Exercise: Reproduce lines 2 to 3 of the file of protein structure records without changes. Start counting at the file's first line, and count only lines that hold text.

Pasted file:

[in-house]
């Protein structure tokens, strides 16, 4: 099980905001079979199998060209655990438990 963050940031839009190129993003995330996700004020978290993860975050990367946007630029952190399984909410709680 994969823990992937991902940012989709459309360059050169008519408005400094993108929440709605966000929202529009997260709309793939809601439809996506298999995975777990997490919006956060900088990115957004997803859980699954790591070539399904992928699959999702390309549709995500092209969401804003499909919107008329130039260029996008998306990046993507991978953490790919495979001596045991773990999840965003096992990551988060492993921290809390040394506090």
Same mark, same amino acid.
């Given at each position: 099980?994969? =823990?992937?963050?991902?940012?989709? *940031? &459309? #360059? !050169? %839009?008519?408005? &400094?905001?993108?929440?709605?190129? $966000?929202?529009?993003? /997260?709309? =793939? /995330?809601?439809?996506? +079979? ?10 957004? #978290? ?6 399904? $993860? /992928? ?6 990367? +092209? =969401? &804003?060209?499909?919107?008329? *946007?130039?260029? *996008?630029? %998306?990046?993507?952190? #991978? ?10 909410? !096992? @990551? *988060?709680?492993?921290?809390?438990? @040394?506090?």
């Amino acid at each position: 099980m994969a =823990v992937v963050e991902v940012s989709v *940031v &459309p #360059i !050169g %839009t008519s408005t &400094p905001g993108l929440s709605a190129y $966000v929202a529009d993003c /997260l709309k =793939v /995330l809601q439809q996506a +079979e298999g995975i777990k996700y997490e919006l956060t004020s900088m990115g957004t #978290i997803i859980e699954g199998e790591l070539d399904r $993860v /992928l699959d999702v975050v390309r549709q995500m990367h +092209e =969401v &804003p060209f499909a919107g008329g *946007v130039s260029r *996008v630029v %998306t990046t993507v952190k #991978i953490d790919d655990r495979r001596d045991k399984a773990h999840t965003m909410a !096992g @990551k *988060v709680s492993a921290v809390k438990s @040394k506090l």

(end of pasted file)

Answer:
């Protein structure tokens, strides 16, 4: 099980905001079979199998060209655990438990 963050940031839009190129993003995330996700004020978290993860975050990367946007630029952190399984909410709680 994969823990992937991902940012989709459309360059050169008519408005400094993108929440709605966000929202529009997260709309793939809601439809996506298999995975777990997490919006956060900088990115957004997803859980699954790591070539399904992928699959999702390309549709995500092209969401804003499909919107008329130039260029996008998306990046993507991978953490790919495979001596045991773990999840965003096992990551988060492993921290809390040394506090």
Same mark, same amino acid.